CRYSTALYX® Brand Supplements
It’s no secret that trace minerals play an instrumental role in improving animal health and performance. Zinc, manganese, copper, cobalt and selenium are of particular importance to ruminant species and are involved in even the most basic of cellular functions. We should remember that we must first feed the rumen in cattle, but fortunately, trace mineral nutrition generally isn’t lacking there. The real benefit of providing improved trace mineral nutrition comes into play after the rumen in the small intestine, so while we always want to feed the rumen initially, it’s typically with nutrients that provide energy, protein and nitrogen. Alternatively, our goal with trace minerals is to get them into the bloodstream, which requires first getting them into the intestine, where they can be absorbed.
So, once we understand that this critical area of nutrition shouldn’t be overlooked, how can we determine the best practice for trace mineral supplementation? And does the old adage of “less is more” actually ring true here?
Inorganic versus organic
Typically, if an inorganic trace mineral is found in an animal's diet, it’s because we put it there. Trace minerals that exist as the animals would find them in nature are considered organic. One of the most important things to note about organic trace minerals is that they don't contain a charge, so they're much more neutral as they travel through the rumen and into the small intestine for absorption.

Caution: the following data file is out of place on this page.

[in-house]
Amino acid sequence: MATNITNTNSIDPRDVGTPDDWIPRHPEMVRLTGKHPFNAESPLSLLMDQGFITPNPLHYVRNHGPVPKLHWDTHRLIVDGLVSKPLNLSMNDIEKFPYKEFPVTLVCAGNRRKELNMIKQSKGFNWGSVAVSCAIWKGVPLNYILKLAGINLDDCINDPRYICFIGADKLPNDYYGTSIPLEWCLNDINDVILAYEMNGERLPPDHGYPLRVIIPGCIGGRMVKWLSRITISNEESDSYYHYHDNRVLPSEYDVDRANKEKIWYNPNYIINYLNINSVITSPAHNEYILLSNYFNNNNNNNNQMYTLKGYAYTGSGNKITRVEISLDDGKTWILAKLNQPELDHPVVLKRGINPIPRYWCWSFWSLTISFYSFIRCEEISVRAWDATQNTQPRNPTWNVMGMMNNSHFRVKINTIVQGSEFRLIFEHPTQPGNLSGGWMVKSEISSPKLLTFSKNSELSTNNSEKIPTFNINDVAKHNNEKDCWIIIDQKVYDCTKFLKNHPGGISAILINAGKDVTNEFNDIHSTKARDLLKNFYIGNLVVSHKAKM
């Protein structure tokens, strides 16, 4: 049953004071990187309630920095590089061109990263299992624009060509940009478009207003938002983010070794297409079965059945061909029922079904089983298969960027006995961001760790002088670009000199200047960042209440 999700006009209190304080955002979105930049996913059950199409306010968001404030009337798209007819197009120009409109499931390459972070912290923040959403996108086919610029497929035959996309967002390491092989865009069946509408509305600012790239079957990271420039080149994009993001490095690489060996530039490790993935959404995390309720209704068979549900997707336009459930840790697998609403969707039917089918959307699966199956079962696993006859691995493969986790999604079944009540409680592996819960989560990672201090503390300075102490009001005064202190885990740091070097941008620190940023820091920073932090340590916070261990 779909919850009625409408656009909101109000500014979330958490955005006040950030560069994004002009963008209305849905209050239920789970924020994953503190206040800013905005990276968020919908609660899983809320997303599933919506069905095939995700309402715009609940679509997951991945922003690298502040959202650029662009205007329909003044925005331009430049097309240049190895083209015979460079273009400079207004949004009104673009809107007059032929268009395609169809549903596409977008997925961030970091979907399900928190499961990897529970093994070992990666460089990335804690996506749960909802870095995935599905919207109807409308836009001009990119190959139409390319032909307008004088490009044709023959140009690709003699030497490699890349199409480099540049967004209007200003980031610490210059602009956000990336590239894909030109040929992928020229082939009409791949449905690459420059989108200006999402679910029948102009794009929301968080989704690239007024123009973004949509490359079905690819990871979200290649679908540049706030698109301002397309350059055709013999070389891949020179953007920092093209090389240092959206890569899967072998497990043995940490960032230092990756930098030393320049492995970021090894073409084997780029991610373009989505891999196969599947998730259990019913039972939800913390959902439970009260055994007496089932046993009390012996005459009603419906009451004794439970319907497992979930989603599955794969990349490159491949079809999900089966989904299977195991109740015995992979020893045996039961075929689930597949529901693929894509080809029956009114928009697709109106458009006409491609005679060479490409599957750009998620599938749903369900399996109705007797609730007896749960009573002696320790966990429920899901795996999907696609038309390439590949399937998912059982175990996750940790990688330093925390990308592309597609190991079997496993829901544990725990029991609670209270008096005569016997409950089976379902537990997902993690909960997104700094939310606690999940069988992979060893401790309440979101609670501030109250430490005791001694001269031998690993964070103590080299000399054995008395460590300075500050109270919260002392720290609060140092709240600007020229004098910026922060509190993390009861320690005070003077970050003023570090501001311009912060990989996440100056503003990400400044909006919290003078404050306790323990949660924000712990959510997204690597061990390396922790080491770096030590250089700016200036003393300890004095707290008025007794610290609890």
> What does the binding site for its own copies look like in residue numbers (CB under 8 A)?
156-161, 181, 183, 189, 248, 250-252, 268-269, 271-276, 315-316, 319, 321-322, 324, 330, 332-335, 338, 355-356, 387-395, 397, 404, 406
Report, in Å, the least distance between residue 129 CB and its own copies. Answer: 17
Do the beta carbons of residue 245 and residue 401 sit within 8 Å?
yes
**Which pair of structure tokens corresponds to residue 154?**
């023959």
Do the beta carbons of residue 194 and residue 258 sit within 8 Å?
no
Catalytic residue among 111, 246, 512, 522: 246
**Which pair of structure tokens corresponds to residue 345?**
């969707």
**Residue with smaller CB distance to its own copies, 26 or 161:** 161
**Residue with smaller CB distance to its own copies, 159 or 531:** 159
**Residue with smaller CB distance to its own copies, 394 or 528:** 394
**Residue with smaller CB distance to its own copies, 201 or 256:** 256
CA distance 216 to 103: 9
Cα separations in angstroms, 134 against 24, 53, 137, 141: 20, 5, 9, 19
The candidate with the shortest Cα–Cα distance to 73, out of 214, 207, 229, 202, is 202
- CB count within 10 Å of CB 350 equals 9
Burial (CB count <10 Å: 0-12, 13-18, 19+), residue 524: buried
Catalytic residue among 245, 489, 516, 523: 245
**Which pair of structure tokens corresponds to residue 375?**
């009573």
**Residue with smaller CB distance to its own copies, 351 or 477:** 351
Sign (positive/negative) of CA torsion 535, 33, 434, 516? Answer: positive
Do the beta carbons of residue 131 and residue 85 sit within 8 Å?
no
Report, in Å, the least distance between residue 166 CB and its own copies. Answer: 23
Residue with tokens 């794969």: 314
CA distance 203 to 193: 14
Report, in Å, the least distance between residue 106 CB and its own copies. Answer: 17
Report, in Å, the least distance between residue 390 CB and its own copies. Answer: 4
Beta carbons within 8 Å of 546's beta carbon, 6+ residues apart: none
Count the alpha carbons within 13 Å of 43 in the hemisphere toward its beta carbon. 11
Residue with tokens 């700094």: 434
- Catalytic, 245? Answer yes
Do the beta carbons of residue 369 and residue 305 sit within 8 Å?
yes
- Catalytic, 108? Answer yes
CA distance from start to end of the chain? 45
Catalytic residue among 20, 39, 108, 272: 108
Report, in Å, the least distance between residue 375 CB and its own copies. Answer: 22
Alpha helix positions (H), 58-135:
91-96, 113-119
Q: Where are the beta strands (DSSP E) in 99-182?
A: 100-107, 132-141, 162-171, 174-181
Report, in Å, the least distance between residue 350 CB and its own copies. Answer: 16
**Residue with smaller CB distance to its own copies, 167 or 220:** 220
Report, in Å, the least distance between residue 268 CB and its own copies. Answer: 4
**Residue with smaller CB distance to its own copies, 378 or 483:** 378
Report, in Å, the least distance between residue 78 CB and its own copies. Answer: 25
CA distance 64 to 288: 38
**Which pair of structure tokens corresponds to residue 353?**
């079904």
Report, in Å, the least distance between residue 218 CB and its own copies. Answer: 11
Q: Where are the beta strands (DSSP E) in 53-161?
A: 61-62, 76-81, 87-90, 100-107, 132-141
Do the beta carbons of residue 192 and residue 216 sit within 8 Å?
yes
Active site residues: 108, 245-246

Essentially, organic minerals are more bioavailable than their inorganic counterparts. Additionally, they don't have any known negative effects. As time goes on, we're discovering that inorganic trace minerals can have negative effects on animals through the fostering of chronic oxidative stress; they're basically creating free radicals, which are unstable atoms capable of causing cell damage that can lead to illness and aging.
While the concept of organic trace minerals has been around for some time, total replacement technology (that is, taking out all inorganics and replacing them with organics through feeding programs like CRYSTALYX® Blueprint® self-fed supplements) has not. Consider advertisements from the 1950s, with doctors recommending different brands of cigarettes, which we later realized were responsible for a whole host of major health problems. Today, we couldn't possibly imagine a doctor doing such a thing. Similarly, there will likely come a day when we look at inorganic trace minerals the same way. Though they're not quite as bad as cigarettes, we now understand that there are drawbacks to feeding inorganic trace minerals that we weren’t really looking for previously, and these drawbacks are becoming increasingly more obvious.
The total replacement technology advantage
The CRYSTALYX Blueprint feeding program is designed to be utilized year-round. As previously mentioned, it involves the total replacement of inorganics with Bioplex® organic trace minerals, which closely resemble the trace minerals found in nature. A second notable feature is the removal of inorganic trace minerals, oxides and sulfates. CRYSTALYX Blueprint also offers the option to add other cutting-edge Alltech® technologies, such as Actigen®, Integral® A+, FEB-200™ or Fibrozyme®.
One aspect that truly sets this program apart is the lower levels of trace minerals on the label. When inorganic trace minerals are used, we know that only a small percentage of them will actually be absorbed by the animal, so we end up feeding them at much higher levels. Alternatively, with our organic Bioplex minerals, we know that they are absorbed at a much higher percentage, so we can feed them less. Additionally, by conserving the amount of trace minerals that we're feeding, less trace minerals are excreted, making this a much more environmentally friendly option.
When it comes to trace minerals, less can actually mean more for your cattle. With several CRYSTALYX Blueprint products to choose from, your local CRYSTALYX dealer can help you choose the right product to meet your herd’s specific needs.